The metrics of project teams is a management style harnessed by sector-agnostic entrepreneur, Kevin Mulleady. Kevin Mulleady relies on project team metrics to support his business endeavors to grow, evolve, and retain top talent. Employees rely on project feedback to improve internally and meet personal and company goals. Project team metrics are never a one-size-fits-all. Companies, rather leaders, must determine the most appropriate metrics to achieve organizational goals.
Types of Project Team Metrics
The following are an abbreviated collection of the top metrics used to evaluate project teams. Depending on the particular industry, an organization may require specialized metrics needed for performance reviews.
Three types of project values are scrutinized by a management team throughout the different phases, inclusive of actual cost planned value, and earned value. Planned value is the first metric calculated and estimated using variable equations. For instance, one can estimate how many hours are needed to complete the project and multiply that number by employees' hourly rates. One example: 65 estimated hours at an average salary of $75 per hour equates to $4,875. The actual cost undergoes review once the project launches and evaluated repeatedly at different intervals. Intervals are determined by preset project benchmarks. Once the project has finished, earned value demonstrates whether each project goal fell within budget.
Cost Performance Index
Once budgets are determined, a cost performance index metric allows one to measure your project's timelines. Are goals being met on time or early? Or is the project falling behind? The cost performance index proves financial efficiency. The ratio for cost performance index is the earned value divided by the actual cost. If the quotient is higher than 1 than the project is performing well within budget.
Being present can be a strong indicator of whether or not the organization's team will be successful. Working as a team requires that each member is present and punctual. If leaders note a team member is consistently absent from project meetings or late, this is problematic. Although low attendance is not always a critical project setback, it may require management to offer remediation strategies.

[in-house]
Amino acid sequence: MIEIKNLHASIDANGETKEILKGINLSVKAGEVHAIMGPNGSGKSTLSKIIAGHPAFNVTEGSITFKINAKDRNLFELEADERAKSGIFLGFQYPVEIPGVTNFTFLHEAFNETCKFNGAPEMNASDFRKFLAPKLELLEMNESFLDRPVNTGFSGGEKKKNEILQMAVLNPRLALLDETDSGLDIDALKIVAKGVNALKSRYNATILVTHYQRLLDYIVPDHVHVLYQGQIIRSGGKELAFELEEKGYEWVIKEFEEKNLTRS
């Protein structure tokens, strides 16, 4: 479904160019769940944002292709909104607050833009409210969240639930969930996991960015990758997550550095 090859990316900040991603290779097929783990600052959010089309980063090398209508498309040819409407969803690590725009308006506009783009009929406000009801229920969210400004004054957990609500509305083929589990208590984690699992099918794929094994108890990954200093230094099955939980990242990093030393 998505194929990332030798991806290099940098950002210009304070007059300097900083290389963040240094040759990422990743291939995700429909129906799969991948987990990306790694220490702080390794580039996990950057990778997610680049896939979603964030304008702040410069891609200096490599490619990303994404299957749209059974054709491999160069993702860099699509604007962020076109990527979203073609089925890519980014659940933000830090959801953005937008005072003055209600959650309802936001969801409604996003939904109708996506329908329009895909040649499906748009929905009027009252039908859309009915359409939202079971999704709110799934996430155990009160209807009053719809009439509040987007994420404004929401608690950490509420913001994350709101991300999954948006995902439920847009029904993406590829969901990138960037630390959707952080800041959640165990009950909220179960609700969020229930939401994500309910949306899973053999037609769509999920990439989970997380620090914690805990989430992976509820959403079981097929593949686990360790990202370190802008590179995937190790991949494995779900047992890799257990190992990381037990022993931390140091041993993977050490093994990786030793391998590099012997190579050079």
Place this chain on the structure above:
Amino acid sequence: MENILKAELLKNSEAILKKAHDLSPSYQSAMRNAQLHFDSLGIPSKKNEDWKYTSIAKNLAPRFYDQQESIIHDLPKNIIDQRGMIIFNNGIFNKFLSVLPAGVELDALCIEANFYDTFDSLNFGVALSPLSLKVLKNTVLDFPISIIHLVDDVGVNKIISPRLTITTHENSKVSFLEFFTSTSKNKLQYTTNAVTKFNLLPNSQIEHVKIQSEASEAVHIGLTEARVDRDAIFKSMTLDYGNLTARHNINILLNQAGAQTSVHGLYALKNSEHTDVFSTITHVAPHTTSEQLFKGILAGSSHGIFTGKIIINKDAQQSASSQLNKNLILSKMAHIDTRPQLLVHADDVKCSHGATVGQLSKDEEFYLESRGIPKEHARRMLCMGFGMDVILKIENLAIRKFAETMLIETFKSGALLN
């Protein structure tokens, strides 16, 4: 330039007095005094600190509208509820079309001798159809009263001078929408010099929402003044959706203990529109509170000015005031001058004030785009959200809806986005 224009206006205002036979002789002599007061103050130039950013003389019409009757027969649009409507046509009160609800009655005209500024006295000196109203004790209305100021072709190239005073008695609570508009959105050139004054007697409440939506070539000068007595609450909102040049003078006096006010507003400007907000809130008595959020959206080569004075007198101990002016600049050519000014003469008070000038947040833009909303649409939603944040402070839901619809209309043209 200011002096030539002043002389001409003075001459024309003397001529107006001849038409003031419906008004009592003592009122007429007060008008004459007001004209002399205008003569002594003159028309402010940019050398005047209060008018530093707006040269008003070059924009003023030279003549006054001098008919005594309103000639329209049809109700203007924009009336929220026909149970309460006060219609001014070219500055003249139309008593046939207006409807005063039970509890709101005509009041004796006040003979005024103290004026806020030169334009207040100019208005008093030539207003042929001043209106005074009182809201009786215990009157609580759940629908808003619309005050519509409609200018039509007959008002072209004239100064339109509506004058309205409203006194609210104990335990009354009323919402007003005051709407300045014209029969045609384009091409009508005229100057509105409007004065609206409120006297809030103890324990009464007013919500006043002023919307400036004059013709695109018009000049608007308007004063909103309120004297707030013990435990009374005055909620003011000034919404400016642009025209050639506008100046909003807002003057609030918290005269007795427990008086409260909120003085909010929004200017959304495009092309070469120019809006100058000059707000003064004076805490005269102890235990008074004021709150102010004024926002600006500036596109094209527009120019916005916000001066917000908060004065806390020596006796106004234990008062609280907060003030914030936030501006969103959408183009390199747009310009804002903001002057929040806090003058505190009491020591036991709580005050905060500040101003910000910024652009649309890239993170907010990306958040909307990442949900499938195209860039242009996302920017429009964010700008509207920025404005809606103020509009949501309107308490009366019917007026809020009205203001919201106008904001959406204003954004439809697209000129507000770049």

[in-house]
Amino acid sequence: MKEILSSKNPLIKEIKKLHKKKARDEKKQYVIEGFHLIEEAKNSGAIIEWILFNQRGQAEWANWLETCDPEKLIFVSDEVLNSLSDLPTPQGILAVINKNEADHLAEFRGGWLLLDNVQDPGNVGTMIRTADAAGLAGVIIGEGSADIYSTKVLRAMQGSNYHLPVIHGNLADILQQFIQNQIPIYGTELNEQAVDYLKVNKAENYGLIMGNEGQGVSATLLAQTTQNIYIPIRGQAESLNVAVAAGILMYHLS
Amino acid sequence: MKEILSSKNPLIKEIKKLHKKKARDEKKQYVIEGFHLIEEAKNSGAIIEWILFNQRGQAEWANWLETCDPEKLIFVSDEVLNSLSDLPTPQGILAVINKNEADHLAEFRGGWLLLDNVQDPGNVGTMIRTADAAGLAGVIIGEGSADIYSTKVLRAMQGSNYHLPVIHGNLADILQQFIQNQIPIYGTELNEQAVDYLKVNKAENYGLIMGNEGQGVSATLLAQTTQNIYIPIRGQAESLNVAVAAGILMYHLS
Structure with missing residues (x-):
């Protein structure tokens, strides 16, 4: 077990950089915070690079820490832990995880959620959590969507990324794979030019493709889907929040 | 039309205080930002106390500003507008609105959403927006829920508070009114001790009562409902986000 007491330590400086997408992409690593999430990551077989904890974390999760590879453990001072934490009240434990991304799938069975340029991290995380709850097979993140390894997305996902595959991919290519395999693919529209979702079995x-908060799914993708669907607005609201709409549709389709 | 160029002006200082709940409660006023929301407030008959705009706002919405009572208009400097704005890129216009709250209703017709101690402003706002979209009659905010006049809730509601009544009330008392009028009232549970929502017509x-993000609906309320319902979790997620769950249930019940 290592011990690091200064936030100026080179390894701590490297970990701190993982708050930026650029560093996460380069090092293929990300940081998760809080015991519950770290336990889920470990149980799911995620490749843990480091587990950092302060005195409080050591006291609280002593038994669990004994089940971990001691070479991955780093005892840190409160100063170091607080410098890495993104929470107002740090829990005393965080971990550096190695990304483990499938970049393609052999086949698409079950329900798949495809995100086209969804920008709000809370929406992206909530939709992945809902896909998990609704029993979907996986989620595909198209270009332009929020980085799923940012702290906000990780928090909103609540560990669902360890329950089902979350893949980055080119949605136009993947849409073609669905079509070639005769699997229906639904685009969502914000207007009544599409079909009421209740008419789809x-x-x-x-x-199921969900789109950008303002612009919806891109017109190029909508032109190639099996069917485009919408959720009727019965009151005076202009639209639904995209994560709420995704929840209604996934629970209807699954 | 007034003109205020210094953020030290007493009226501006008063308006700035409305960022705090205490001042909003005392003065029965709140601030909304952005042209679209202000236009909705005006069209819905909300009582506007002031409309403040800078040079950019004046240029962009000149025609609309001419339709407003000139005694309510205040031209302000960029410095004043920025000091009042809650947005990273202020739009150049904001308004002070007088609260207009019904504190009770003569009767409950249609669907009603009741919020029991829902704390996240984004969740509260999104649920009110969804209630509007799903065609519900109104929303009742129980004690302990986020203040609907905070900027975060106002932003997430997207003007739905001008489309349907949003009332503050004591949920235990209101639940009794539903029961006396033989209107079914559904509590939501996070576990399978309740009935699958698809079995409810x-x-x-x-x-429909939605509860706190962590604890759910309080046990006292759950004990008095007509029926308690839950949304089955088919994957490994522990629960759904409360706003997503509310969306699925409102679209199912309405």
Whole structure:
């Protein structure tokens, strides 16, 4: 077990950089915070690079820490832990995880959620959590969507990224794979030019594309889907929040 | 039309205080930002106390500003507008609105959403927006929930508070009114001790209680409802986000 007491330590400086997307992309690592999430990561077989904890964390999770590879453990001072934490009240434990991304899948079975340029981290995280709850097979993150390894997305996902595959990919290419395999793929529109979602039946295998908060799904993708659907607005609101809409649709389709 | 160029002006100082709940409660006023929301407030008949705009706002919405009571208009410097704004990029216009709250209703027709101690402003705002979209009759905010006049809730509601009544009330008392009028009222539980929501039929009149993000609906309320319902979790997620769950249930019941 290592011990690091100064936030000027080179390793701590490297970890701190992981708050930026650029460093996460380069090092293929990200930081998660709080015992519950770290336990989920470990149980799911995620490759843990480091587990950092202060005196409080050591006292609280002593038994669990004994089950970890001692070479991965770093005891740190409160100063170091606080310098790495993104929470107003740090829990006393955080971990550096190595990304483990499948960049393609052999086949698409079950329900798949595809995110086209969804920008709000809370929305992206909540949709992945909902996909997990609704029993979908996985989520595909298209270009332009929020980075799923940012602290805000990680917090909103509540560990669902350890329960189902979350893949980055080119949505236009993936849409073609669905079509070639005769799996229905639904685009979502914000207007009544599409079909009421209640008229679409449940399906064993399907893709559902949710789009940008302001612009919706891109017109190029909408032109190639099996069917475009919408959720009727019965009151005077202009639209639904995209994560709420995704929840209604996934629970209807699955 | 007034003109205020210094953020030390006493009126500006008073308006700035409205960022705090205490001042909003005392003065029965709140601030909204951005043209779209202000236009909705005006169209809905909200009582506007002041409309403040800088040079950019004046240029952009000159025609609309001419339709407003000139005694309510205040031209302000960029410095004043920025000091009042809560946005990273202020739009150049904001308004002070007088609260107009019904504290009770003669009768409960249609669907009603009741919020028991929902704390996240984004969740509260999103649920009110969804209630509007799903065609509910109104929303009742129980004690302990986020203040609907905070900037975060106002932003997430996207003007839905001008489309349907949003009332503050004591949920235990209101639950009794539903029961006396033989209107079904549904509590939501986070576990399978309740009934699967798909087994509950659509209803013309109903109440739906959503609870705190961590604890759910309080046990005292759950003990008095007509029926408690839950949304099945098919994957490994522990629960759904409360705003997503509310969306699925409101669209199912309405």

Productivity is a typical measurement used by management to look at how well teams are utilizing resources. Productivity is measured by looking at evaluating units of input and units of output. Another productivity measurement is to determine the cost of managing processes for project teams. If management costs are too high, this could be indicative of a problem within the group. Managers need to focus on high-level processes and should not be spending exorbitant amounts of time micromanaging teams.
The quality of work performed by each team member is a critical metric for projects. To calculate this metric, each manager must consider factors such as total project hours, budgetary limitations, and gross profit margins.
Return on Investment
Not all projects have the potential to recoup the investment immediately. Usually, a company will only use this metric for extended projects. One strategy to calculate return on investment is to use the ratio of net benefits over total investment. Typically, leaders don’t rely on per project ROI calculations. Instead, they calculate the ROI per portfolio or quarter term.
Most project successes can be evaluated based on customer satisfaction levels. Some companies score customer satisfaction levels between 0 and 100. Always remind employees that products and services should meet or exceed client expectations. A larger range isn’t always better though due to cultural differences, according to a study conducted by Psychological Science. As one example, Americans who complete customer satisfaction surveys are more prone to extreme values compared to those surveyed in Asian countries.
Employee Satisfaction Levels
Post-project surveys to team members give leaders critical data about how well they liked working on the project and how they would rate management throughout the process. Similar to customer satisfaction, employees may submit surveys with a rating range between 0 and 100. Other metrics used include 0 to 5 scores or marked satisfaction levels.
Tips on performance team metrics
Quantifying the work performance of team members isn't always straightforward, especially since each team member has value outside of any given project. Although one team member's performance may be lagging in one project, he or she could end up excelling in the next. Poor market performance of a completed project may bear no reflection on the work conducted by team members. Be concise but positive when giving feedback to project teams. Focus on what goals were met before making suggestions on what needs to improve in the future.
Kevin Mulleady is a sector-agnostic entrepreneur, philanthropist, and investor. After a degree conferment from Rutgers University in mechanical and aerospace engineering, he traveled overseas before working in Manhattan in the financial sector. He has been instrumental in launching multiple companies including, but not limited to, Phoenixus AG, Travere Therapeutics, and the StoneCorner Group, LLC. Kevin Mulleady attributes his success to always having a startup mentality while running a company. His achievements are also traced back to his natural resourcefulness, analytical way of problem-solving, and a highly driven personality. Managing project teams efficiently is the foundation of productivity within any organization and a rule Kevin Mulleady abides by for all of his ventures.